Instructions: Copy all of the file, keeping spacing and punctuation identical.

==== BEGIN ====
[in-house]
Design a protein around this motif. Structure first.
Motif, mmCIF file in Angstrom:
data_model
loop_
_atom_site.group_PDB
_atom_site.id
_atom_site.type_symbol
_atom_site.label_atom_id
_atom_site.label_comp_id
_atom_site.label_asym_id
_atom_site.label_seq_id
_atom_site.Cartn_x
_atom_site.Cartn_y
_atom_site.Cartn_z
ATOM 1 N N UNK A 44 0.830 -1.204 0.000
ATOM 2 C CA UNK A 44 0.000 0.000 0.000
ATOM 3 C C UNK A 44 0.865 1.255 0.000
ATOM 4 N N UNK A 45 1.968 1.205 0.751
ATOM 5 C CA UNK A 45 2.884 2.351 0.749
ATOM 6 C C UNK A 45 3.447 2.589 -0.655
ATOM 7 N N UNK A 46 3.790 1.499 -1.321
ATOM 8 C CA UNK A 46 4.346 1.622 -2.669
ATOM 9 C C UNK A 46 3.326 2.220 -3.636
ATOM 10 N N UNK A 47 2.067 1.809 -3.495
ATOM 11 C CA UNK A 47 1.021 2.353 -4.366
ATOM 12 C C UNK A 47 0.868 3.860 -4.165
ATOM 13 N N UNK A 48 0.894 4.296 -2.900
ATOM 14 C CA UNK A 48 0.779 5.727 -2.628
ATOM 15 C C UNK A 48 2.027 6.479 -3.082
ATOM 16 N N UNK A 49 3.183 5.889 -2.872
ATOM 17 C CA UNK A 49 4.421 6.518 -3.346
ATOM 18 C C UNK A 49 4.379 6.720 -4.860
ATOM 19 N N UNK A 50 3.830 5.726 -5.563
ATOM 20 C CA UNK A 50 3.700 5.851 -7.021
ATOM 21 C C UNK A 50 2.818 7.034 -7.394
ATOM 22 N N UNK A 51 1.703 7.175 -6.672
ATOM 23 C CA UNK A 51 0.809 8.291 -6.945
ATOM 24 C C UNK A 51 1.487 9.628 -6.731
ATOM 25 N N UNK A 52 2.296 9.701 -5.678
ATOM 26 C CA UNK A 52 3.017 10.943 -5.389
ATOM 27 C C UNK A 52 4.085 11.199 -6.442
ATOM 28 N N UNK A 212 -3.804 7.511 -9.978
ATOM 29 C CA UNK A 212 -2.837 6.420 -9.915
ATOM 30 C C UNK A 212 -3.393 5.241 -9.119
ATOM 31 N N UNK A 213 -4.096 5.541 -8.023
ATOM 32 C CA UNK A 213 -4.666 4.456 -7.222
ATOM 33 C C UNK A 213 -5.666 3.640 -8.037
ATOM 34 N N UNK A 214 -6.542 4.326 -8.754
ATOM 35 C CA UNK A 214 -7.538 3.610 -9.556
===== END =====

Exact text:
[in-house]
Design a protein around this motif. Structure first.
Motif, mmCIF file in Angstrom:
data_model
loop_
_atom_site.group_PDB
_atom_site.id
_atom_site.type_symbol
_atom_site.label_atom_id
_atom_site.label_comp_id
_atom_site.label_asym_id
_atom_site.label_seq_id
_atom_site.Cartn_x
_atom_site.Cartn_y
_atom_site.Cartn_z
ATOM 1 N N UNK A 44 0.830 -1.204 0.000
ATOM 2 C CA UNK A 44 0.000 0.000 0.000
ATOM 3 C C UNK A 44 0.865 1.255 0.000
ATOM 4 N N UNK A 45 1.968 1.205 0.751
ATOM 5 C CA UNK A 45 2.884 2.351 0.749
ATOM 6 C C UNK A 45 3.447 2.589 -0.655
ATOM 7 N N UNK A 46 3.790 1.499 -1.321
ATOM 8 C CA UNK A 46 4.346 1.622 -2.669
ATOM 9 C C UNK A 46 3.326 2.220 -3.636
ATOM 10 N N UNK A 47 2.067 1.809 -3.495
ATOM 11 C CA UNK A 47 1.021 2.353 -4.366
ATOM 12 C C UNK A 47 0.868 3.860 -4.165
ATOM 13 N N UNK A 48 0.894 4.296 -2.900
ATOM 14 C CA UNK A 48 0.779 5.727 -2.628
ATOM 15 C C UNK A 48 2.027 6.479 -3.082
ATOM 16 N N UNK A 49 3.183 5.889 -2.872
ATOM 17 C CA UNK A 49 4.421 6.518 -3.346
ATOM 18 C C UNK A 49 4.379 6.720 -4.860
ATOM 19 N N UNK A 50 3.830 5.726 -5.563
ATOM 20 C CA UNK A 50 3.700 5.851 -7.021
ATOM 21 C C UNK A 50 2.818 7.034 -7.394
ATOM 22 N N UNK A 51 1.703 7.175 -6.672
ATOM 23 C CA UNK A 51 0.809 8.291 -6.945
ATOM 24 C C UNK A 51 1.487 9.628 -6.731
ATOM 25 N N UNK A 52 2.296 9.701 -5.678
ATOM 26 C CA UNK A 52 3.017 10.943 -5.389
ATOM 27 C C UNK A 52 4.085 11.199 -6.442
ATOM 28 N N UNK A 212 -3.804 7.511 -9.978
ATOM 29 C CA UNK A 212 -2.837 6.420 -9.915
ATOM 30 C C UNK A 212 -3.393 5.241 -9.119
ATOM 31 N N UNK A 213 -4.096 5.541 -8.023
ATOM 32 C CA UNK A 213 -4.666 4.456 -7.222
ATOM 33 C C UNK A 213 -5.666 3.640 -8.037
ATOM 34 N N UNK A 214 -6.542 4.326 -8.754
ATOM 35 C CA UNK A 214 -7.538 3.610 -9.556